storing an expiration time in association with the master key; wherein use of the master key in the key cache is conditioned on the value of the expiration time associated with the master key.
11. A wireless network access device operative to facilitate roaming in wireless networks, comprising
means for receiving master keys and corresponding wireless client identifiers from at least a second wireless network access device and storing the master keys and corresponding wireless client identifiers in a key cache;
means for receiving a request to associate to a wireless network from a wireless client, and determining whether a valid master key associated with the wireless client is stored in the key cache;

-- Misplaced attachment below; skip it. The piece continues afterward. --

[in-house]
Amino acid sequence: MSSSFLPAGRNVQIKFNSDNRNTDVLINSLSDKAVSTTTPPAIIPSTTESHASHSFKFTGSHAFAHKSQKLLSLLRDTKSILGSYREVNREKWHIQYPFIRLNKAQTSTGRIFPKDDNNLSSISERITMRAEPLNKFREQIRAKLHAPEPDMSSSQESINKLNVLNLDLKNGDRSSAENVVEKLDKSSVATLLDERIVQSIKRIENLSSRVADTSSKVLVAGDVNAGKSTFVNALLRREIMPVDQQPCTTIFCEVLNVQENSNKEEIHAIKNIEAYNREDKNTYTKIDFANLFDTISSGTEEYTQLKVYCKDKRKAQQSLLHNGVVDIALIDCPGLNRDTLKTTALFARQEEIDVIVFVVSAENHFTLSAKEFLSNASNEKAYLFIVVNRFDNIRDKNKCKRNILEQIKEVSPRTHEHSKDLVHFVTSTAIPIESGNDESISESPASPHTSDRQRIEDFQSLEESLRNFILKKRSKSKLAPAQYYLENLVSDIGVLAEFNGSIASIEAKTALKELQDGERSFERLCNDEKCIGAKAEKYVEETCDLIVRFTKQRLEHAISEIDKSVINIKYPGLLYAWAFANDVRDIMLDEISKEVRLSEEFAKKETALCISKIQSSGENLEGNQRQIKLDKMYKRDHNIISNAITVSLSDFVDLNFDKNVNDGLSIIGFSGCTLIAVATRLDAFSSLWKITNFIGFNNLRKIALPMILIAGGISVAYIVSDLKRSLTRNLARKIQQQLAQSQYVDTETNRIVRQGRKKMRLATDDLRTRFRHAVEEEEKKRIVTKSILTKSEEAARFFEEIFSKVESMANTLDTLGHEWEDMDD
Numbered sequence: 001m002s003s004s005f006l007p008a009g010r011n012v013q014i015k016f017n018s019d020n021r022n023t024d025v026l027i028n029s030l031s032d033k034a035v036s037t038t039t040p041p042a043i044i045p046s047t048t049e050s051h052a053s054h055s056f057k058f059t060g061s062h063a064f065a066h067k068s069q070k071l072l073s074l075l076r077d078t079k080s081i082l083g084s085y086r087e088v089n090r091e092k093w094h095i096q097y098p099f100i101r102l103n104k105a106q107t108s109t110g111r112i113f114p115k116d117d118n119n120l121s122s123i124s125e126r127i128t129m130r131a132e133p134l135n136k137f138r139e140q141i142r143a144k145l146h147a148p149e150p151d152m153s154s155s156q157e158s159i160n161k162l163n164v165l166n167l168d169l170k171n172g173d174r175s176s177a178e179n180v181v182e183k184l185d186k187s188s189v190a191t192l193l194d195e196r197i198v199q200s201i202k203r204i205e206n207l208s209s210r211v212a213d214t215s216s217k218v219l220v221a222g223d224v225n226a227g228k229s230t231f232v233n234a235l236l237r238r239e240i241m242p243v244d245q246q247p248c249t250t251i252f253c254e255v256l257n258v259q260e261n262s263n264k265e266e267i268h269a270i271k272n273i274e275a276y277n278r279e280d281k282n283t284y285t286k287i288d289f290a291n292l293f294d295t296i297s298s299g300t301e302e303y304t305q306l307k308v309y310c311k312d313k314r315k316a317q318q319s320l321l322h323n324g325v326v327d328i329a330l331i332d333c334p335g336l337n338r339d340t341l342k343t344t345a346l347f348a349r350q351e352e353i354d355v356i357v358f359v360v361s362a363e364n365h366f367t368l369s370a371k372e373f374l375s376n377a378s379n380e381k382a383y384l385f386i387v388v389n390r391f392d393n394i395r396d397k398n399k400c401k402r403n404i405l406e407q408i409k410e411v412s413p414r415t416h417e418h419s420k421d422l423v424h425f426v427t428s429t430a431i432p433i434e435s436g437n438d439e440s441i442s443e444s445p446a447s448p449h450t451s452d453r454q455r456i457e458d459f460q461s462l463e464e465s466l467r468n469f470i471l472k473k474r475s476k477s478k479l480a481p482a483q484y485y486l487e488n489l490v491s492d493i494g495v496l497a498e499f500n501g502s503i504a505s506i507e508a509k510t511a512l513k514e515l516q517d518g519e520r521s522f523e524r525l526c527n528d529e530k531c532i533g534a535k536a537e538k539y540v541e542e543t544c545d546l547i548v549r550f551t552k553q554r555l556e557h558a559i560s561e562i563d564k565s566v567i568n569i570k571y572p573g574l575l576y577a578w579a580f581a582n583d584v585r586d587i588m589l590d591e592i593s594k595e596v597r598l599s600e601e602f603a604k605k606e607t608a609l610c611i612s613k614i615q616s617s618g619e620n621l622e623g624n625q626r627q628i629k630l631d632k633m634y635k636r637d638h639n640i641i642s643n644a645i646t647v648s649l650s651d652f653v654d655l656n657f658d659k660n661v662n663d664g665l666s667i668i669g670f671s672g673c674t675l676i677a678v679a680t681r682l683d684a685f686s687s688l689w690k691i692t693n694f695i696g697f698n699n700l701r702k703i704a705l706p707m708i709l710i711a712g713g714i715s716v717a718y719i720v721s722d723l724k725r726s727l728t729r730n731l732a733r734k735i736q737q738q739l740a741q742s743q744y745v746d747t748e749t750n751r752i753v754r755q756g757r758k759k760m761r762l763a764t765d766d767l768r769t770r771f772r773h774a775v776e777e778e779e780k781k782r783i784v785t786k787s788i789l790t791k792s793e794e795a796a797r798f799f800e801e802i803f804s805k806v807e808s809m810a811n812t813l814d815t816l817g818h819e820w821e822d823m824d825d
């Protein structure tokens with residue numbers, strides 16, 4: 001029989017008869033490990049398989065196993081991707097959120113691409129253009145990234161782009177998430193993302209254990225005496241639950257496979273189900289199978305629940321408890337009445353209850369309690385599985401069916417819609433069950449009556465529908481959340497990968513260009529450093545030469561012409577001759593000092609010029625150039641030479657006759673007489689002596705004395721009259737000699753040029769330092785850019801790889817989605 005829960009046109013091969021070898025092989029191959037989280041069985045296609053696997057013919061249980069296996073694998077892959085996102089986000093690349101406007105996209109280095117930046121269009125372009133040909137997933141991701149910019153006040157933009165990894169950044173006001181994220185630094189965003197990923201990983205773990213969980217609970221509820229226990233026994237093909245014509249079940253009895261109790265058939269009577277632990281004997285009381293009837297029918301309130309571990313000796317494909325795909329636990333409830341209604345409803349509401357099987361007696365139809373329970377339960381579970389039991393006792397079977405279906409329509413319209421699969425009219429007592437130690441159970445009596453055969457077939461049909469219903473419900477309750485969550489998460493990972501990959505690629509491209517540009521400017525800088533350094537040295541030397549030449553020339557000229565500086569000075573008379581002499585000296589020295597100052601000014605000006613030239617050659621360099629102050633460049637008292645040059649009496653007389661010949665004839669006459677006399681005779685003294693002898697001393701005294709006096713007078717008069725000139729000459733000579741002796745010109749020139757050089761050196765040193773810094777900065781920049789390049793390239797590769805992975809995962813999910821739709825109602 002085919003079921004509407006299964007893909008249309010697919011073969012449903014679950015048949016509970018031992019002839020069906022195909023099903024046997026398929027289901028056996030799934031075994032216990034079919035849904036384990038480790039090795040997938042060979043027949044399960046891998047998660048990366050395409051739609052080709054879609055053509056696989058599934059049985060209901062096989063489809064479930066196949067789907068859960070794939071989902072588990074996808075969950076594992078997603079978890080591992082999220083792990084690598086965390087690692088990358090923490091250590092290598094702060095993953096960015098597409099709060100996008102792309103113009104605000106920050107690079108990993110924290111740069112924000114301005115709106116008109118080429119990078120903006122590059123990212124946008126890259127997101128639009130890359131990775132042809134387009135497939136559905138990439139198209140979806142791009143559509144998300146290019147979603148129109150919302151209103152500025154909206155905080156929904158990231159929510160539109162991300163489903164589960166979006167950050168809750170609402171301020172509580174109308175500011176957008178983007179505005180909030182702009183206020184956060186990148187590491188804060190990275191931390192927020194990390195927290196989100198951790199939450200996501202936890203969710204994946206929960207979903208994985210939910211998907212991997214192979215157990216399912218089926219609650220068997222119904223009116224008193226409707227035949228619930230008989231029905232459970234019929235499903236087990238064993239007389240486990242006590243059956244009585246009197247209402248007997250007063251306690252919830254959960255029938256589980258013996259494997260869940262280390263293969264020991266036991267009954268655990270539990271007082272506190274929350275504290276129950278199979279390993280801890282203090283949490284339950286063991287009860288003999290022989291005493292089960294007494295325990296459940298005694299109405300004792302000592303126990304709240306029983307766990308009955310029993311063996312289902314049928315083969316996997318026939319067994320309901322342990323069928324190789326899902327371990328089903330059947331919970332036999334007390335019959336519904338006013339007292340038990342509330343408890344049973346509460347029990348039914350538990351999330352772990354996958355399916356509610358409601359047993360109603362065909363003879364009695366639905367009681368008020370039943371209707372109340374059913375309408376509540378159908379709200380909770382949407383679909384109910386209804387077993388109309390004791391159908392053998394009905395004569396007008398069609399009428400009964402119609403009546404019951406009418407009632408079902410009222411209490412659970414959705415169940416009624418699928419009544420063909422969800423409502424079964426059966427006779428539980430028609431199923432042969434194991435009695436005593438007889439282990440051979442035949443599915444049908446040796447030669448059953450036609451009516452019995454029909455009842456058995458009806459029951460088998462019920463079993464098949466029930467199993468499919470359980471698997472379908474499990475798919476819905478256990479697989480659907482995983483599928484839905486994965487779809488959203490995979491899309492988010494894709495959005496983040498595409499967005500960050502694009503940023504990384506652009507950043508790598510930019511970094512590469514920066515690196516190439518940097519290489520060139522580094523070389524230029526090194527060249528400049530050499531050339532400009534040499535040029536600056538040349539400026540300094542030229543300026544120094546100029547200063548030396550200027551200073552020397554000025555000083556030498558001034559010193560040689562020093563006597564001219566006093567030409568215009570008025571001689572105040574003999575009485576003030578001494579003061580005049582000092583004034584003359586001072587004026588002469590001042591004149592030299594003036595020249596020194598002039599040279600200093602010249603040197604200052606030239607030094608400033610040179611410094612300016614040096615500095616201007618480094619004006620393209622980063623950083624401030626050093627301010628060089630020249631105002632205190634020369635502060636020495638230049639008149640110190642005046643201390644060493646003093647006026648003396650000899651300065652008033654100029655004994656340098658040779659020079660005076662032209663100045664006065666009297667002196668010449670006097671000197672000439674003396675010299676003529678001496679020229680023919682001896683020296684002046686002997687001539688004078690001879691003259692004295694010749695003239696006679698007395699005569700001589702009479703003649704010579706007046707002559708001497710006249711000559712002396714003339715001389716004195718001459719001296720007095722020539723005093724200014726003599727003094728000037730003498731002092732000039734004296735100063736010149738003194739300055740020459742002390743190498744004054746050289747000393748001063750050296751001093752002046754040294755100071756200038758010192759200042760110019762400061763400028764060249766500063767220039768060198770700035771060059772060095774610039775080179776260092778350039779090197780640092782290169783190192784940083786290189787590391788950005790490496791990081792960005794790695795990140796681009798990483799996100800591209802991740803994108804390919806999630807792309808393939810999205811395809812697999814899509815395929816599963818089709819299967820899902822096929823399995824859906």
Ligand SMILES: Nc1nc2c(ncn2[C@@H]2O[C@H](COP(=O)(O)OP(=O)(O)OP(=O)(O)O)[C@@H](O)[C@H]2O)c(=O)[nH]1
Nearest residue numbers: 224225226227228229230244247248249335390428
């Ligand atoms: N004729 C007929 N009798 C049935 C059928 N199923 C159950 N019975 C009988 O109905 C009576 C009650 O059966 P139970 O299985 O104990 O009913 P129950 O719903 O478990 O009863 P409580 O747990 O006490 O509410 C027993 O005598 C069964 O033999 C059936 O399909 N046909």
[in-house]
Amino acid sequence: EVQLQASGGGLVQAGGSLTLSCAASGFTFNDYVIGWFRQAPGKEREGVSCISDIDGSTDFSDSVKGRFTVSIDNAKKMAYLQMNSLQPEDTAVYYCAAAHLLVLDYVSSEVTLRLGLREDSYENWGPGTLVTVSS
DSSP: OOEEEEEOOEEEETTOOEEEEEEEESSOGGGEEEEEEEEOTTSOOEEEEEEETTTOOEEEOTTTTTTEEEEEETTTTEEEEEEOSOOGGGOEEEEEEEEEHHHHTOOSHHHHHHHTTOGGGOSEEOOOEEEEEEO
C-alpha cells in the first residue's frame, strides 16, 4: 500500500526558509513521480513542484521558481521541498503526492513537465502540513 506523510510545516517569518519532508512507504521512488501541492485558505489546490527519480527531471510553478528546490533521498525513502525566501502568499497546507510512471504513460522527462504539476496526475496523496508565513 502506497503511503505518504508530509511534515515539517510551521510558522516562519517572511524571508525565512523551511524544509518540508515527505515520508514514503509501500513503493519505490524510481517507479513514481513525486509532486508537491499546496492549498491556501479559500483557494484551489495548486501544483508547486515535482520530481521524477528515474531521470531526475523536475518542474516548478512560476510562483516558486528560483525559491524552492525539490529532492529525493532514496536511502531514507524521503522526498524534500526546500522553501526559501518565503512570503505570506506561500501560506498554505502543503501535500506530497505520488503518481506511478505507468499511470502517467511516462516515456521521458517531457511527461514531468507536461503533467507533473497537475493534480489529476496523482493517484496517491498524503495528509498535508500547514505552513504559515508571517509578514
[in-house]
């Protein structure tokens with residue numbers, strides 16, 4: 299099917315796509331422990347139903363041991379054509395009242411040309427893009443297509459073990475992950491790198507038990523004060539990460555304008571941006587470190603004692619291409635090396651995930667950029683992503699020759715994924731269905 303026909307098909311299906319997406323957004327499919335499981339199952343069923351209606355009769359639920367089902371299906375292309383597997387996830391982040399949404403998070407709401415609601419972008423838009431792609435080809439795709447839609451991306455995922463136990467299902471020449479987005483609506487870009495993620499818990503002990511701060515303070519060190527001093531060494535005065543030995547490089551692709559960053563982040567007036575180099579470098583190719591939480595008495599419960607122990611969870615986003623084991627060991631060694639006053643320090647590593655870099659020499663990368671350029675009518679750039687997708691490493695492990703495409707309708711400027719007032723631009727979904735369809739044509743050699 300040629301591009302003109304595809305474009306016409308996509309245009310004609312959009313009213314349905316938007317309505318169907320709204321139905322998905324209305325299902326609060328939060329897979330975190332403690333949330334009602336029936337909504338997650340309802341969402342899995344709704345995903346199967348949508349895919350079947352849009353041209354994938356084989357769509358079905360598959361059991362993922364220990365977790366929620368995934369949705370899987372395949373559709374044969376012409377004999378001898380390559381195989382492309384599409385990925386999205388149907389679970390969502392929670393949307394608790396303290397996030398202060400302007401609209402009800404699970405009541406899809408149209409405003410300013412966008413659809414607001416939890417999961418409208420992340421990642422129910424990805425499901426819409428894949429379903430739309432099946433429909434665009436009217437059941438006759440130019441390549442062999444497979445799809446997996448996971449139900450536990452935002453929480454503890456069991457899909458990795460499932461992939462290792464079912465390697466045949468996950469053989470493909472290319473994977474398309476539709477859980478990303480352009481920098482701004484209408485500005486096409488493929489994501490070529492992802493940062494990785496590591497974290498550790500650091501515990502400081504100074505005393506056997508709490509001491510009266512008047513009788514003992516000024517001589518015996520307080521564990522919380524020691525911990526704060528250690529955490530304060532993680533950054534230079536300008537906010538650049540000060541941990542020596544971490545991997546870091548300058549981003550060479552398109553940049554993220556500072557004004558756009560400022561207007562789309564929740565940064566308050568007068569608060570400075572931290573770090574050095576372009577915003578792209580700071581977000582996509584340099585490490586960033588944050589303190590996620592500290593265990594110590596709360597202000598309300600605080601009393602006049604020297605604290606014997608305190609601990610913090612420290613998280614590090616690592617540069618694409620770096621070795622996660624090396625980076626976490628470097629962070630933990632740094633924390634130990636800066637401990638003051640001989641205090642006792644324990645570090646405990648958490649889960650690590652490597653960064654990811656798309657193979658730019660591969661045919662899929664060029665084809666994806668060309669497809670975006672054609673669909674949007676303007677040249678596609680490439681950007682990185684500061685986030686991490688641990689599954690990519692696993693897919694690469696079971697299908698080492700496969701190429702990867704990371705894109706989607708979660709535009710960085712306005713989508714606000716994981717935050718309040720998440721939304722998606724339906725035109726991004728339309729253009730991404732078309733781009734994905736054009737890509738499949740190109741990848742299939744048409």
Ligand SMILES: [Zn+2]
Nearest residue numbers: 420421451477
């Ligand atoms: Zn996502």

means for, if the key cache does not contain a valid master key associated with the wireless client, proxying an authentication between a wireless client and an authentication sewer, wherein the authentication results in the generation of the master key for the wireless client; storing the master key in association with an identifier in the key cache; transmitting the master key and the identifier to at least one other wireless network access device; and generating, in connection with the wireless client, at least one encryption key for a wireless session with the wireless client based directly on the master key; otherwise, if the key cache contains a valid master key associated with the wireless client, then generating, in connection with the wireless client, at least one encryption key for the wireless session with the wireless client based directly on the master key in the key cache; and